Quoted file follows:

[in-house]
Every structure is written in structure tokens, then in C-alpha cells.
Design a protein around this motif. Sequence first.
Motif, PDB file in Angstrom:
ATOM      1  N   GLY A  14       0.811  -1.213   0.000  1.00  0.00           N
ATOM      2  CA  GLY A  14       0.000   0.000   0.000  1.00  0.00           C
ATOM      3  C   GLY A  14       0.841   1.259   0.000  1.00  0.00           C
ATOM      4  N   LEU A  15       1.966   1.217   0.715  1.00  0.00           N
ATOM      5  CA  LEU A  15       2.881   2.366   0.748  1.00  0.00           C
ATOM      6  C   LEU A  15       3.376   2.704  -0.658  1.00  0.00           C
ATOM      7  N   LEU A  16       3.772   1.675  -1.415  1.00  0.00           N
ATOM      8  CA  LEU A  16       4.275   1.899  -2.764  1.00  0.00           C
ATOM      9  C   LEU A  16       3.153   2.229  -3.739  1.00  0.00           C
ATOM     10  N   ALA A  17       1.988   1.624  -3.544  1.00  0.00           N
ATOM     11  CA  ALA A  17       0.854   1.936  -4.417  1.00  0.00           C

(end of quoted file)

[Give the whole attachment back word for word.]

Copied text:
[in-house]
Every structure is written in structure tokens, then in C-alpha cells.
Design a protein around this motif. Sequence first.
Motif, PDB file in Angstrom:
ATOM      1  N   GLY A  14       0.811  -1.213   0.000  1.00  0.00           N
ATOM      2  CA  GLY A  14       0.000   0.000   0.000  1.00  0.00           C
ATOM      3  C   GLY A  14       0.841   1.259   0.000  1.00  0.00           C
ATOM      4  N   LEU A  15       1.966   1.217   0.715  1.00  0.00           N
ATOM      5  CA  LEU A  15       2.881   2.366   0.748  1.00  0.00           C
ATOM      6  C   LEU A  15       3.376   2.704  -0.658  1.00  0.00           C
ATOM      7  N   LEU A  16       3.772   1.675  -1.415  1.00  0.00           N
ATOM      8  CA  LEU A  16       4.275   1.899  -2.764  1.00  0.00           C
ATOM      9  C   LEU A  16       3.153   2.229  -3.739  1.00  0.00           C
ATOM     10  N   ALA A  17       1.988   1.624  -3.544  1.00  0.00           N
ATOM     11  CA  ALA A  17       0.854   1.936  -4.417  1.00  0.00           C